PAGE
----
Recognizing the great significance of Arctic Council issues to indigenous groups in the region, the Arctic countries gave three indigenous peoples' organizations Permanent Participant status within the Council. These groups are the Inuit Circumpolar Conference (ICC), the Saami Council, and the Russian Association of Indigenous Peoples of the North (RAIPON). At the Council meeting in 1998, the Aleut International Association was added, and at the 2000 meeting, the Gwich'in Council International and Arctic Athabascan Council brought the number of Permanent Participants to six. The category of Permanent Participant provides for the active participation and full consultation with the Arctic indigenous representatives within the Arctic Council.
Observers, including non-Arctic nations, intergovernmental organizations such as the United Nations Environment Programme (UNEP), and nongovernment organizations such as the International Arctic Science Committee, are allowed to attend ministerial conferences, senior Arctic officials meetings, and working group meetings.
To date, the AEPS and Arctic Council have carried out several major projects. The Arctic Monitoring and Assessment Programme (AMAP) working group published a comprehensive assessment of environmental contaminants in the Arctic, both as a scientific volume and as a plain-language summary report. These reports are updated on a regular basis. They also led to the establishment of the Arctic Council Action Plan to Eliminate Pollution of the Arctic. The Conservation of Arctic Flora and Fauna (CAFF) working group developed conservation strategies for murres (Uria spp.) and eiders (Somateria spp. and Polysticta fischeri), established the Circumpolar Protected Areas Network, and completed a book-length report on the status of Arctic flora and fauna in 2001.
The Protection of the Arctic Marine Environment (PAME) working group reviewed legal instruments for pollution prevention and control, established guidelines for oil and gas development in the Arctic, and developed a Regional Programme of Action for the Protection of the Arctic Marine Environment from Land-Based Activities. The Emergency Prevention, Preparedness, and Response (EPPR) working group has conducted several emergency exercises and has prepared a map of sites in the Arctic that are particularly vulnerable to an environmental emergency such as an oil spill. In addition, the Council has sponsored an Arctic Climate Impact Assessment (ACIA) for delivery in 2004.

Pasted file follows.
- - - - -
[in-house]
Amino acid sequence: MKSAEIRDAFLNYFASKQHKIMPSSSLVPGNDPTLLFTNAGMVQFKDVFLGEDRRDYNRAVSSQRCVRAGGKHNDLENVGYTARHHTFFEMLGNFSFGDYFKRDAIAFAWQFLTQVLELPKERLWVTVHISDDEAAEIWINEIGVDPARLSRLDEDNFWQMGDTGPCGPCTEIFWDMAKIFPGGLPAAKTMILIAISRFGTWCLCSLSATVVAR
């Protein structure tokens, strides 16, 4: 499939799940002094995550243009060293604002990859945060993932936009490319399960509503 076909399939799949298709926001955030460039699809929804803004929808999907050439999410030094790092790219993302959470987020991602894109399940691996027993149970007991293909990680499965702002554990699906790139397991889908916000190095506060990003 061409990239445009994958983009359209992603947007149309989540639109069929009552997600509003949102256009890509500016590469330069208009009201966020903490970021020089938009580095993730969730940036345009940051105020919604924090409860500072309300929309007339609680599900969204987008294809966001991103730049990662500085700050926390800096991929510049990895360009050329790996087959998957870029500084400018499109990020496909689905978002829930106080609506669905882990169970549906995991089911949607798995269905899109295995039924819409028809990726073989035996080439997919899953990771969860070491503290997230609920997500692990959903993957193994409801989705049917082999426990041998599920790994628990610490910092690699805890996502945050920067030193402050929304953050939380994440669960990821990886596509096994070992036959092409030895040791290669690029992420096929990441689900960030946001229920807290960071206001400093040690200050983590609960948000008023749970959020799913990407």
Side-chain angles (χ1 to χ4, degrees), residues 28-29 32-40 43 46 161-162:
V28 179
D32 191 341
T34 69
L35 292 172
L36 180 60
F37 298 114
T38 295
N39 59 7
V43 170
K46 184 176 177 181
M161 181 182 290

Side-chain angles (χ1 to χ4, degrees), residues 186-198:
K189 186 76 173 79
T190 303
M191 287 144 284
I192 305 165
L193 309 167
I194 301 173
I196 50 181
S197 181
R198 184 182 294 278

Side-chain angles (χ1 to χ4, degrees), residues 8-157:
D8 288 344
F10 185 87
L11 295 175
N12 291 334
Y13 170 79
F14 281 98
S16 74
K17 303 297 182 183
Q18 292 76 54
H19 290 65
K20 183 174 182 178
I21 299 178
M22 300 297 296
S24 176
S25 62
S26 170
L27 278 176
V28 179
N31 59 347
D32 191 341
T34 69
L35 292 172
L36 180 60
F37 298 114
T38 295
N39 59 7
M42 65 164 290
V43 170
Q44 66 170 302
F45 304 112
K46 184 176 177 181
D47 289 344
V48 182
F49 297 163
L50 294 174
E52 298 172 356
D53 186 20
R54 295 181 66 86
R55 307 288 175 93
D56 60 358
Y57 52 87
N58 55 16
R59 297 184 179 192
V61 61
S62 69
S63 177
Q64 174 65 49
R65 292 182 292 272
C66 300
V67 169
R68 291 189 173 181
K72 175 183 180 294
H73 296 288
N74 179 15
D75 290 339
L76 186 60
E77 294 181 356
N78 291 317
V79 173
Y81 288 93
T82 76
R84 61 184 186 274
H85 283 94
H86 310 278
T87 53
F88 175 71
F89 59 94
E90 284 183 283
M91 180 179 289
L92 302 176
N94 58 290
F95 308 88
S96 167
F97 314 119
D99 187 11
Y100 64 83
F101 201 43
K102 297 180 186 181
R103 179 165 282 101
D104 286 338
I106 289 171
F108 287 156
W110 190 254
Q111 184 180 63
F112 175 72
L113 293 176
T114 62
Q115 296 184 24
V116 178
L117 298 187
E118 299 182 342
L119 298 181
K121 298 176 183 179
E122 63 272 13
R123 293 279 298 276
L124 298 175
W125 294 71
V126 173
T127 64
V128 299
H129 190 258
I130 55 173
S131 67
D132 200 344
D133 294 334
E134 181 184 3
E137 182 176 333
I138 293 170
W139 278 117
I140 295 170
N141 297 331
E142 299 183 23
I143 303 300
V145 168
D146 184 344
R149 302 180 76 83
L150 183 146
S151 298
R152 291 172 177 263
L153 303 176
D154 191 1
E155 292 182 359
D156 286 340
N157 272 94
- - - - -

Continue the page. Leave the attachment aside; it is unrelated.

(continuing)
See also Aleut International Association; Arctic Athabascan Council; Capacity Building; Declaration on the Protection of the Arctic Environment (1991); Gwich'in Council International; Inuit Circumpolar Conference (ICC); Russian Association of Indigenous Peoples of the North (RAIPON); Saami Council
Arctic Council website: http://www.arctic-council.org/index. html
Arctic Monitoring and Assessment Programme website:
http://www. amap.no/ AMAP, Arctic Pollution Issues: A State of the Arctic
Environment Report, Oslo: AMAP, 1997 AMAP, The AMAP Assessment Report: Arctic Pollution Issues,
Oslo: AMAP, 1998 AMAP, Arctic Pollution 2002, Oslo: AMAP, 2002
Conservation of Arctic Flora and Fauna (CAFF) website:
http://www.caff.is/ CAFF, Arctic Flora and Fauna: Status and Conservation,
Helsinki: Edita, 2001 Emergency Prevention, Preparedness, and Response (EPPRl):
http://eppr.arctic-council.org/ Huntington, Henry P., The Arctic Environmental Protection Strategy and the Arctic Council: A Review of United States Participation and Suggestions for Future Involvement, Bethesda, Maryland: Marine Mammal Commission, 1997 Protection of the Arctic Marine Environment (PAME) website:
http://www.pame.is/ Russell, Bruce A., "The Arctic Environmental Protection Strategy and the new Arctic Council." Arctic Research of the United States, 10 (1996): 2-10 Tennberg, Monica, The Arctic Council: A Study in Governmentality, Rovaniemi, Finland: University of Lapland, 1998
Was this article helpful?
What you need to know about… Project Management Made Easy! Project management consists of more than just a large building project and can encompass small projects as well. No matter what the size of your project, you need to have some sort of project management. How you manage your project has everything to do with its outcome.